"Shutdown" or Essential Services?
What does a government shutdown mean? The term alone is meant to send Republican politicians running in fear to the closest spending bill. But are we really facing a total shutdown of the federal government or something more benign — like a snow day — where "non-essential workers" (insert snickers here) stay home?
Denise Fantone of the General Accountability Office (GAO) told CNNMoney that "When we go into a funding hiatus, this restricts activities ... and agencies are going to trim back the number of people who actually show up at the office. The first thing any agency is going to do is pull out their list of essential personnel."
That answers the main question. No, the total government does not shut down.
Looking at past examples — because a shutdown is not unusual — the Heritage Foundation says it's more like a slowdown. Vital services continue, such as:
Social Security checks are still mailed, and the mail is still delivered.
During the 1995 slowdown, the flash point that sends shivers down politicians' spines, 800,000 federal workers were furloughed. That was out of about 4.4 million.
Federal spending has put a crushing debt of $30,000 on every American household. At the current rate it will increase to $36,139 by 2020. America has reached a tipping point that could send the greatest nation in the world — already frighteningly indebted to China — into a financial meltdown, the likes of which may never have been seen before. And unlike Greece, there is no one to turn to for a bailout.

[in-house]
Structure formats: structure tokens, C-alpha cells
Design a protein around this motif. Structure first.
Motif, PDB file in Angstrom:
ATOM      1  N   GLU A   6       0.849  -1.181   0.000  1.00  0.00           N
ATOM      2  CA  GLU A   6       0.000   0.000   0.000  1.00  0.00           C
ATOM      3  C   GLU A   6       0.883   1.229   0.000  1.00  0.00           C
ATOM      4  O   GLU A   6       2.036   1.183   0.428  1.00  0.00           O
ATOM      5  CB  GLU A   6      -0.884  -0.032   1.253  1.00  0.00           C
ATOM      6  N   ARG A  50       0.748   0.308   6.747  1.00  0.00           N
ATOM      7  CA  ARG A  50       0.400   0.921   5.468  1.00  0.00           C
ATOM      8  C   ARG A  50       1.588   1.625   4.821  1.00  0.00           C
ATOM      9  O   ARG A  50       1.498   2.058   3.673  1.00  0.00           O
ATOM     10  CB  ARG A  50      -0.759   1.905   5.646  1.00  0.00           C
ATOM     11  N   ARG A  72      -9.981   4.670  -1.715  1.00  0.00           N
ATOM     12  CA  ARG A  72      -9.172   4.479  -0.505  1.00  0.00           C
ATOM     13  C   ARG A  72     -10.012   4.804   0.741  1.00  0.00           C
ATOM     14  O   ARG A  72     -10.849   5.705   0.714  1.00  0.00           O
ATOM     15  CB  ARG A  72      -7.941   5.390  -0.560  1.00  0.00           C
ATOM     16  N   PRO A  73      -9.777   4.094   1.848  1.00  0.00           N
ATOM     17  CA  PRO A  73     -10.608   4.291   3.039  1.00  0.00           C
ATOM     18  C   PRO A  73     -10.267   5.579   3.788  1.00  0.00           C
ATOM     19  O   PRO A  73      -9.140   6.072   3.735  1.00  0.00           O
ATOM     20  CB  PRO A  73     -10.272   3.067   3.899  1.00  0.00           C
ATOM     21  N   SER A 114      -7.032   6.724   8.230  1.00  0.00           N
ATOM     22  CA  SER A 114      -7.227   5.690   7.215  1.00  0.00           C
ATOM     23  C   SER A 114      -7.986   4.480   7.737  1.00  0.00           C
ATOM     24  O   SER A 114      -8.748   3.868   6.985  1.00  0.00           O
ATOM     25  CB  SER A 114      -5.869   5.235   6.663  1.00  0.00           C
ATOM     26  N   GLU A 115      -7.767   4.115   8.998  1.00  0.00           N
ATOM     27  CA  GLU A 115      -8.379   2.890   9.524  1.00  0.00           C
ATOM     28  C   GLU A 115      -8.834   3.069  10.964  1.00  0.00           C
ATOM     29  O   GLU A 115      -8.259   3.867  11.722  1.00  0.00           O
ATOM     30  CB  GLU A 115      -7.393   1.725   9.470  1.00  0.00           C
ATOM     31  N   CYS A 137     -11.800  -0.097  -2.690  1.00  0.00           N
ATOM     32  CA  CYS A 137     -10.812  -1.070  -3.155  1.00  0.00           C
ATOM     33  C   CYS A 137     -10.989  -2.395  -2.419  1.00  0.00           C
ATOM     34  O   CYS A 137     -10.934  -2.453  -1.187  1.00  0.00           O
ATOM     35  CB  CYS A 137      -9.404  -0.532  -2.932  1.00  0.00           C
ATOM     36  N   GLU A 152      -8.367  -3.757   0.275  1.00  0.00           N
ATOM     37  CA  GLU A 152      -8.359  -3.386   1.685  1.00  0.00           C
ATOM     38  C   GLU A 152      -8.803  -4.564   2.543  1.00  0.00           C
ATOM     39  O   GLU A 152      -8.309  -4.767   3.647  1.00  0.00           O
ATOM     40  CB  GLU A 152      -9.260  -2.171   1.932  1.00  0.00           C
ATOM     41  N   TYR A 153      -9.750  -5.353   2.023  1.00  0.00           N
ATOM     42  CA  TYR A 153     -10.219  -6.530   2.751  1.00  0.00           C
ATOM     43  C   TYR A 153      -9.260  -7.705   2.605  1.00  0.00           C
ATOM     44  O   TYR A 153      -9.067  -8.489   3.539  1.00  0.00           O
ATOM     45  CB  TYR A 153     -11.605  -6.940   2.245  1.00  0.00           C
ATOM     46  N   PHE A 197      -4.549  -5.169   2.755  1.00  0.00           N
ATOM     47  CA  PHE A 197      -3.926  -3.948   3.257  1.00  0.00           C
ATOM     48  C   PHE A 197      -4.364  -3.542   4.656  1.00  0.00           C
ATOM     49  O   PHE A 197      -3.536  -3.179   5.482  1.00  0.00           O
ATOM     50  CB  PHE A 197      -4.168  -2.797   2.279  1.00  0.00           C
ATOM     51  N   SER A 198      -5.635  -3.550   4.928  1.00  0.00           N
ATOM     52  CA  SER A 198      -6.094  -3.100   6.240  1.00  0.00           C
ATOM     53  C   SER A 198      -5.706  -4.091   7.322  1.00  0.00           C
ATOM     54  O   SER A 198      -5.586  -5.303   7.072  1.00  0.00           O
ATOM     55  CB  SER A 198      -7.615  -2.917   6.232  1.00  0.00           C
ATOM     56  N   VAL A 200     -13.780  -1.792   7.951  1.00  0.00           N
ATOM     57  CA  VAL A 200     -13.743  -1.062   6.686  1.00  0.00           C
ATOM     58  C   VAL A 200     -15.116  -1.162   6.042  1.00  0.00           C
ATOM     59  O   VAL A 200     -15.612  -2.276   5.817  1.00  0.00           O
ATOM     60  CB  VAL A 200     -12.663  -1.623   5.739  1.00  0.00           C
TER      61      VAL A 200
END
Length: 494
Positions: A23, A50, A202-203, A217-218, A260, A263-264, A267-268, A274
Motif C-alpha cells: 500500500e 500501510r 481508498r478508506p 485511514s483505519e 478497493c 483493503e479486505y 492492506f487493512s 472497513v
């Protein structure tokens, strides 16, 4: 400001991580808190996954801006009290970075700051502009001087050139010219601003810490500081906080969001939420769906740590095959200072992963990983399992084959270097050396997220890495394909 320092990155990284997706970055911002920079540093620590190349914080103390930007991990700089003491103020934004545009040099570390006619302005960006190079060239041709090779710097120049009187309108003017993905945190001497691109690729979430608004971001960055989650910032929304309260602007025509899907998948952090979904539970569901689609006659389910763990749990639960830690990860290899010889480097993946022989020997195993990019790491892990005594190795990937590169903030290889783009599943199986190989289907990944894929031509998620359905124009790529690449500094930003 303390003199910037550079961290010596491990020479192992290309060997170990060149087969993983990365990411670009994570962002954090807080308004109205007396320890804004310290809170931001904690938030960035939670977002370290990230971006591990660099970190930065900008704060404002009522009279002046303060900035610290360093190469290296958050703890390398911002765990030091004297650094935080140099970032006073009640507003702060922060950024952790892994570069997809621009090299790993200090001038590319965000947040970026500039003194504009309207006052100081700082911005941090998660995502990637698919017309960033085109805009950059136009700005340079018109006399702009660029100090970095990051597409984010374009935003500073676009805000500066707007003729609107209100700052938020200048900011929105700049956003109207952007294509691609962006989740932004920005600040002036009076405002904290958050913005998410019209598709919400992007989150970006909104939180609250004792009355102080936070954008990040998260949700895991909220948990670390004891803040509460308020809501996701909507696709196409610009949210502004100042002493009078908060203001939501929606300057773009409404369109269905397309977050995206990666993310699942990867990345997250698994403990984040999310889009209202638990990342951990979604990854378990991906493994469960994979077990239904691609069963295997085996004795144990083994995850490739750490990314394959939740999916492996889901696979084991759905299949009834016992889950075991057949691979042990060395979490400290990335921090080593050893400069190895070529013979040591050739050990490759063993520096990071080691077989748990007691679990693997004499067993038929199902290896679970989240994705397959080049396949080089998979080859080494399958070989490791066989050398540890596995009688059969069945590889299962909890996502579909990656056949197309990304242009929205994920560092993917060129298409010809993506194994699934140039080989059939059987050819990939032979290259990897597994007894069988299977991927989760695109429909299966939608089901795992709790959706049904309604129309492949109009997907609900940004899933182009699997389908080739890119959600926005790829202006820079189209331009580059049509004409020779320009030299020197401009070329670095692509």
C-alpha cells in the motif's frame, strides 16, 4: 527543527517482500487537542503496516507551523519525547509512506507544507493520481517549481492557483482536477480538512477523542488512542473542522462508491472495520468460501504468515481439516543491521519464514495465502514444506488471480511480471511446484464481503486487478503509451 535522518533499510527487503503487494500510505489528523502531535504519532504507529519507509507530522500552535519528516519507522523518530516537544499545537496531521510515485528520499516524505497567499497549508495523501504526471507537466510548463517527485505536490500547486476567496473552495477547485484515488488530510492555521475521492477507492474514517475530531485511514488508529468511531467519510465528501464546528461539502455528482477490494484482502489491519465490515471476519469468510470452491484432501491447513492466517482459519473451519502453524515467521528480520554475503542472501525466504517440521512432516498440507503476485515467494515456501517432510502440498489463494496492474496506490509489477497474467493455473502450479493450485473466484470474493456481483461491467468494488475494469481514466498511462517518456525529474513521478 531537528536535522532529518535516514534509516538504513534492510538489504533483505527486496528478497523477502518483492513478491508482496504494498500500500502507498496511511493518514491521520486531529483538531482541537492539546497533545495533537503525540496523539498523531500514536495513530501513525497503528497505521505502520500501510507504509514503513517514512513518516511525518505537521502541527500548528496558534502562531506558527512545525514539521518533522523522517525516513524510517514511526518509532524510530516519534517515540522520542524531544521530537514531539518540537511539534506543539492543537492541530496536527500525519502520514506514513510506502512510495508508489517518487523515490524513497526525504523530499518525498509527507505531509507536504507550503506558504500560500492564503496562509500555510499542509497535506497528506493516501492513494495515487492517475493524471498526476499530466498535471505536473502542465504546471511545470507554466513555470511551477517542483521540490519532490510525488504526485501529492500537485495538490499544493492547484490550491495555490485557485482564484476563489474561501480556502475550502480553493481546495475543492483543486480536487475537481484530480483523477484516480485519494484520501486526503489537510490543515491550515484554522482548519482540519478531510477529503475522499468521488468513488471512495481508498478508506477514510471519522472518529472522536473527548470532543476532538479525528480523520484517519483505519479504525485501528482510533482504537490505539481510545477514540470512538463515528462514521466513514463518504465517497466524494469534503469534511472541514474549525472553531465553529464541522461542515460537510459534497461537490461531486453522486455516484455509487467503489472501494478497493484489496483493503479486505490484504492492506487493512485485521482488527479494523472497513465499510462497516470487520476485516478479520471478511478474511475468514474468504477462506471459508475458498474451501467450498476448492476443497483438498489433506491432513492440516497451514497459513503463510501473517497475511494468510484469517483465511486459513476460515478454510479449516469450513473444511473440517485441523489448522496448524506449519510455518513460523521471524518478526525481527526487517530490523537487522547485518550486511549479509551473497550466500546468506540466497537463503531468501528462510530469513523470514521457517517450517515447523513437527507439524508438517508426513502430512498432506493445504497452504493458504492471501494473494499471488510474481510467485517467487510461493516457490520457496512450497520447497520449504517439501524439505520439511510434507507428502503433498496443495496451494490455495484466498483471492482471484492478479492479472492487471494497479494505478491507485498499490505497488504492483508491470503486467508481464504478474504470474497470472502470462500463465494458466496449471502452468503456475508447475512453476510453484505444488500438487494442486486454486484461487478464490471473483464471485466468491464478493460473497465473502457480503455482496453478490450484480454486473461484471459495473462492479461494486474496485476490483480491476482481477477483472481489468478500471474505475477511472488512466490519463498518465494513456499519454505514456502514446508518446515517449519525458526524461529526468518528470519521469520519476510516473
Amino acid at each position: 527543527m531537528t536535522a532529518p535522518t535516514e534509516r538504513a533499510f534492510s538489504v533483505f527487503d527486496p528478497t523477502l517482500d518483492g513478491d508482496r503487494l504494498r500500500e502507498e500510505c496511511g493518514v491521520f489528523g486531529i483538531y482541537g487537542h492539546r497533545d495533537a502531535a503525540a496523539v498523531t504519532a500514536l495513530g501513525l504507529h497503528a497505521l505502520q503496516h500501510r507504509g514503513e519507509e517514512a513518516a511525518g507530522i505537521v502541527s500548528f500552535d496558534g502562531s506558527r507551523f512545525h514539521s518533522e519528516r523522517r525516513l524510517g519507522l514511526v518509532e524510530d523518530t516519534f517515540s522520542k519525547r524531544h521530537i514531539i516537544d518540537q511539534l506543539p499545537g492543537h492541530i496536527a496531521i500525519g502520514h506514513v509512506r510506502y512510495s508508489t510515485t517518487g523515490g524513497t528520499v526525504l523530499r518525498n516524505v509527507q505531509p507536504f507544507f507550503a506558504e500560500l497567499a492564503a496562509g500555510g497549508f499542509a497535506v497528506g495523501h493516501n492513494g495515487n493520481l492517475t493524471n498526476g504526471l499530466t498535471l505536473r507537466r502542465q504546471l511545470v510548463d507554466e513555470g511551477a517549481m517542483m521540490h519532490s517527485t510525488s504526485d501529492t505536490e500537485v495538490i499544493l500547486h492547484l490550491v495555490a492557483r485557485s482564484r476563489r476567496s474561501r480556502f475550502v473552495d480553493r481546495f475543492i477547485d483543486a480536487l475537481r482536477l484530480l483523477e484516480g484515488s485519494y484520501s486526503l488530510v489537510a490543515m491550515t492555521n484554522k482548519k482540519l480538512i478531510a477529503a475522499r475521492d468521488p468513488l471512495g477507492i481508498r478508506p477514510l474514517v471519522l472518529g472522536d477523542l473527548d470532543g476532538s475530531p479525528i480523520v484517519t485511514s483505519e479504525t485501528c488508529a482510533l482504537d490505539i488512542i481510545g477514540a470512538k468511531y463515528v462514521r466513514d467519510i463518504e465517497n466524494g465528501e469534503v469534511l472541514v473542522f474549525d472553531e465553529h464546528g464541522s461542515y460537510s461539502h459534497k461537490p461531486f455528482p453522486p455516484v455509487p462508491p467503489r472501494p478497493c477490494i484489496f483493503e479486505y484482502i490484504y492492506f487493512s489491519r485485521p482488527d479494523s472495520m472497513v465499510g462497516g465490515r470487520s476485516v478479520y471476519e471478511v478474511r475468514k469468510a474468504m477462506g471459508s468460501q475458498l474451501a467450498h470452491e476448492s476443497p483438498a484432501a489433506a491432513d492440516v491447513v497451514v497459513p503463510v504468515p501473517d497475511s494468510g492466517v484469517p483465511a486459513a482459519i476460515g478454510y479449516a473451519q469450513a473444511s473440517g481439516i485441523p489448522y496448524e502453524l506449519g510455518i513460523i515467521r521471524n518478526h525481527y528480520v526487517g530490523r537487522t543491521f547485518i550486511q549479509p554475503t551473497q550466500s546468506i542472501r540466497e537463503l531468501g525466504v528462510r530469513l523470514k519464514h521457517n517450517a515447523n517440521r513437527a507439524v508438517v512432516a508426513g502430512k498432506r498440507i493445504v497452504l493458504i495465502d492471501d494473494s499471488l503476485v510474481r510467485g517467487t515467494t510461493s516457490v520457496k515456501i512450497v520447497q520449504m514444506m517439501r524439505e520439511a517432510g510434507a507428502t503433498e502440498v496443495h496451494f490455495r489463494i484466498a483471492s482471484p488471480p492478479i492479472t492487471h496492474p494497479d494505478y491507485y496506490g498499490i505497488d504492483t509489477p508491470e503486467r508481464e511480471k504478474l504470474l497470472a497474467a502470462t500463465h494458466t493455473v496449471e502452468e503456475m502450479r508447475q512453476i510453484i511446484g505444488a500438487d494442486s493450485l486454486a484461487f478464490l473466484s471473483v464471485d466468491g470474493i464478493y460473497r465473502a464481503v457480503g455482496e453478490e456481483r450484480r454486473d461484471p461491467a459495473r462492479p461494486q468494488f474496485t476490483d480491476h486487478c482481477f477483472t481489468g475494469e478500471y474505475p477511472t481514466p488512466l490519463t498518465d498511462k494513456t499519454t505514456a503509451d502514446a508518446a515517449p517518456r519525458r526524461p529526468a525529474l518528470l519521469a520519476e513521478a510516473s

The stand-off that could lead to a slowdown is President Obama's and the Democrat-led Senate's rejection of cutting less than two percent from federal spending. The House of Representatives passed a budget that strips $61 billion out of $3.8 trillion.
Neither President Obama nor the Democrat Senate majority have offered alternatives to decrease the out-of-control and wasteful spending.
1015 Fifteenth St. N.W., Suite 1100
Washington, D.C. 20005
Phone: (202) 488-7000
Fax: (202) 488-0806